Paul Ritchie was born in Newcastle upon Tyne and was a chorister in the choir of St Nicholas Church, South Gosforth. Following a five year period living in London, where he learned to play the E flat horn and became a bugler in the army cadets, he returned to Newcastle and joined the choir of Holy Cross, Fenham, where he was to return some years later to install a new pipe organ.
In his late teens he joined the choir in the city centre church of St John the Baptist, and over a ten year period sang alto, tenor, or bass, as required, learned to conduct, and had organ lessons with Geoffrey Watson. Paul was a founder member of the St Johnʼs Chamber Choir, later known as Musica Johannis. He was also a member of the Northumbrian Consort, an eight voice chamber choir originally founded by Geoffrey Watson.
Following his appointment in 1981 as Organist & Choirmaster at St George’s Church, Cullercoats, Paul composed prolifically for the choir and congregation, expanding the choir library with anthems, canticles, carols, descants, hymn tunes, psalm chants, settings of the mass, and two complete three year cycles of responsorial psalms. He retired in 2005, having been the longest serving organist in the churchʼs history.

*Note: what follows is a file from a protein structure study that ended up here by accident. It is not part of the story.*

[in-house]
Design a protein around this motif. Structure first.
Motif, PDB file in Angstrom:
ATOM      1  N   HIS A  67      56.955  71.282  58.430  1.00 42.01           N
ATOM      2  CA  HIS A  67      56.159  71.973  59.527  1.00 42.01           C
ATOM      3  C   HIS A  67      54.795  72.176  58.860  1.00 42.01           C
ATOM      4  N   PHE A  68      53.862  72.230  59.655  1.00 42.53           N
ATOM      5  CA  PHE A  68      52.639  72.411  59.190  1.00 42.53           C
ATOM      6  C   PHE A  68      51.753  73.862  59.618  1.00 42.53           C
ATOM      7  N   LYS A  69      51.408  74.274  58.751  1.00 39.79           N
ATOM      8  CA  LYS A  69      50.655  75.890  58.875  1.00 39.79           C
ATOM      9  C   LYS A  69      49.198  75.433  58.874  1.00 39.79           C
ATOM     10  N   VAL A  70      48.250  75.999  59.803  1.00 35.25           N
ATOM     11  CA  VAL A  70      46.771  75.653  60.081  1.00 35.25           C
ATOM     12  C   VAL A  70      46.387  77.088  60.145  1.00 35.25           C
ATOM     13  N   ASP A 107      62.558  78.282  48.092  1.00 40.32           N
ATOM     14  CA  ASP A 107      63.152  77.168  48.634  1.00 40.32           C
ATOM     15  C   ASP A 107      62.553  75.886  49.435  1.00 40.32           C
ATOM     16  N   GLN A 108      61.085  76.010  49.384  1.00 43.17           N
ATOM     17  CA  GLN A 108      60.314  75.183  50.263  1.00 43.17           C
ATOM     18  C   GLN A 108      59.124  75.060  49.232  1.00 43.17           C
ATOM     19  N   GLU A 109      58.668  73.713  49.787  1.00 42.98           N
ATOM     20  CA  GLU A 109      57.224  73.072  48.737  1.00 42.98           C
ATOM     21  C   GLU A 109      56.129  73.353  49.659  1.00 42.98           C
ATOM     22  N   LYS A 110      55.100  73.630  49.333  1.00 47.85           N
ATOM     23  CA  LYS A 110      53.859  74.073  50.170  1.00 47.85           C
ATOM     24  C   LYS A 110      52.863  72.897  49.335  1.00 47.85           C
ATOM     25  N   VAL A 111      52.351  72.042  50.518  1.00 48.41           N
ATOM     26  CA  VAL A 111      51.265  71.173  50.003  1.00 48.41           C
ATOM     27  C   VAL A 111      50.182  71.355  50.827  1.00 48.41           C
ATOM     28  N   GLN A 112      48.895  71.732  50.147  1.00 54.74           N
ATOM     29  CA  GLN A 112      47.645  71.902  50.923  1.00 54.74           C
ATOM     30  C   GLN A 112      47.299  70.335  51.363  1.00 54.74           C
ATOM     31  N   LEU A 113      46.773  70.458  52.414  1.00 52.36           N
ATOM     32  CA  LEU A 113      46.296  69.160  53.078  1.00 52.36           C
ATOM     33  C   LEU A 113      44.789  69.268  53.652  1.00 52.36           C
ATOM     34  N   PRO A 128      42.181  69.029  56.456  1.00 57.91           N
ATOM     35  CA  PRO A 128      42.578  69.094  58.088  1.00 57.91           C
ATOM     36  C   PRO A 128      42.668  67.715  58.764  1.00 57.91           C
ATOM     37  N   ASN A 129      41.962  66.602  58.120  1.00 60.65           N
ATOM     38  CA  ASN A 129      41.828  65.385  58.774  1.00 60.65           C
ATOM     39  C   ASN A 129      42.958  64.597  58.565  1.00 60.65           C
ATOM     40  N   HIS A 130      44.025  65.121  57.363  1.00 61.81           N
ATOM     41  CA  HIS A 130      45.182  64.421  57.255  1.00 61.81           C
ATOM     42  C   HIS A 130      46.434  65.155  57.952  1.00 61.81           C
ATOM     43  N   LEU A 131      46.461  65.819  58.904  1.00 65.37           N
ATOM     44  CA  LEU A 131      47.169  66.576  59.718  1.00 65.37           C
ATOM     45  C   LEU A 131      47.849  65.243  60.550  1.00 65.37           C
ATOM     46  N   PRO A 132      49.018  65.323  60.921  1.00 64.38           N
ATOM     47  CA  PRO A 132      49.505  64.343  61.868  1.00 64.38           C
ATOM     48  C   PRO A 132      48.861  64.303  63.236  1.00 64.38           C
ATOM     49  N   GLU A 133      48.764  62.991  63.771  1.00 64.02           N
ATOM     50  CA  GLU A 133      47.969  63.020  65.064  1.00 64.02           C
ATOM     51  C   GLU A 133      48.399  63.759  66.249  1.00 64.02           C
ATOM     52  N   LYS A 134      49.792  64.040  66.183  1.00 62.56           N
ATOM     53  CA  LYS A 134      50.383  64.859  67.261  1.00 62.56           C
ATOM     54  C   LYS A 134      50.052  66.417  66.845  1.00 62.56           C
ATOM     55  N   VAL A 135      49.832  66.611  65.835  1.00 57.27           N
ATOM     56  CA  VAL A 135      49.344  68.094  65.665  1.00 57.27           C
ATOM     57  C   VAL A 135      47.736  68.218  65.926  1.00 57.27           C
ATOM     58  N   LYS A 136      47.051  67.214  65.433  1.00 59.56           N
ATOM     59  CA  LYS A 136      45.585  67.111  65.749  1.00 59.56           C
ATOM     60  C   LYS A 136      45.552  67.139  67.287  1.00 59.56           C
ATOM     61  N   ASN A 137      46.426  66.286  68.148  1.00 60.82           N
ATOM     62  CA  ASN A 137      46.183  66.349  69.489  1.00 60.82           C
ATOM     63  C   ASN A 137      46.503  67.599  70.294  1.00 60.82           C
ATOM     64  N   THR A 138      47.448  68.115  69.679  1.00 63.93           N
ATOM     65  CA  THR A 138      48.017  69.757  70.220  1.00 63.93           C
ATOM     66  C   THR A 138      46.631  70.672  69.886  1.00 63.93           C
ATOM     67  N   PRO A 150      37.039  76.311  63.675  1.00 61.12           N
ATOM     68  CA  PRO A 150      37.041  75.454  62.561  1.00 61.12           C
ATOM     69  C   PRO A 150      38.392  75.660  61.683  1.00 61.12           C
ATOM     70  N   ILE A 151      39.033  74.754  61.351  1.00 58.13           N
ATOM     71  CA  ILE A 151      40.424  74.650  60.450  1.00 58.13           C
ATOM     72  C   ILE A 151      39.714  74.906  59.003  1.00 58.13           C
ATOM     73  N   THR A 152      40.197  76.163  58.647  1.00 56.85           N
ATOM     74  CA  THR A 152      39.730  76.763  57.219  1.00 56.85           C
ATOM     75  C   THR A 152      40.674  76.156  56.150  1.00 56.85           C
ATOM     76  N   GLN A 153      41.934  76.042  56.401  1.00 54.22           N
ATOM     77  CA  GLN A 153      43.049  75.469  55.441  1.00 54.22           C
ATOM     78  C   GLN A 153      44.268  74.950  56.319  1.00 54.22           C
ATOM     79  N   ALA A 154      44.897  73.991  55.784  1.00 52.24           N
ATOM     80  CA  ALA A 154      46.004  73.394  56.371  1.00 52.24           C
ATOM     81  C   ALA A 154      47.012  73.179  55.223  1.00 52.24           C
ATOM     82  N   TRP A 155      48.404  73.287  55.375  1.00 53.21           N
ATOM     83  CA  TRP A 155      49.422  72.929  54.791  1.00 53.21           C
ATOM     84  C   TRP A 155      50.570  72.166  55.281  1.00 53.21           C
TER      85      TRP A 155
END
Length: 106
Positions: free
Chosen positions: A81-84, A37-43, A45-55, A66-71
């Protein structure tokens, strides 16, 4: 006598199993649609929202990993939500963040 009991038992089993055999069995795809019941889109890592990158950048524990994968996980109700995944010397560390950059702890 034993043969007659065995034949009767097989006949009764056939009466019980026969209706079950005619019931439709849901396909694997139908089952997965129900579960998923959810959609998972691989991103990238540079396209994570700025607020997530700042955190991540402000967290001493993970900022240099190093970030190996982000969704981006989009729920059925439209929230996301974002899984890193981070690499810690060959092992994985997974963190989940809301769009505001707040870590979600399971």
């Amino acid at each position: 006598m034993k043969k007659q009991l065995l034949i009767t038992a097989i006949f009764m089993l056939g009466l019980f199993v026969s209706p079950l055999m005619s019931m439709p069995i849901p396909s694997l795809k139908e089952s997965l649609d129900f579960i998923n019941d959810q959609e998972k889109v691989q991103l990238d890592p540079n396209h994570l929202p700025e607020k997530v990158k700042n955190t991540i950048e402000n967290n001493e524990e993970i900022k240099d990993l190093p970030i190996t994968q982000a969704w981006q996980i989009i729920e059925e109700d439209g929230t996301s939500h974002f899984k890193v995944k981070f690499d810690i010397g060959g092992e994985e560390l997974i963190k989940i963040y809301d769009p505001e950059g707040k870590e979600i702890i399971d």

An organ builder by training, Paul was involved in the design, construction, and installation of many of the instruments built by Church & Company of Stamfordham, some of which were installed in the United States, including the Sacred Heart Church in Muskogee, Oklahoma, and St Peterʼs Church in Geneva, New York. In recent years he has designed pipe shades for two organs built by Lammermuir Pipe Organs.
Paul has a particular interest in historic organs, and in baroque musical forms, including the Dutch tradition of composing variations based on Genevan psalm tunes. He has made several trips to Holland, and has had the opportunity to play many beautiful historic instruments. Paulʼs other interests include art and architecture, with a particular interest in the design of organ cases and the way they relate to the buildings they occupy.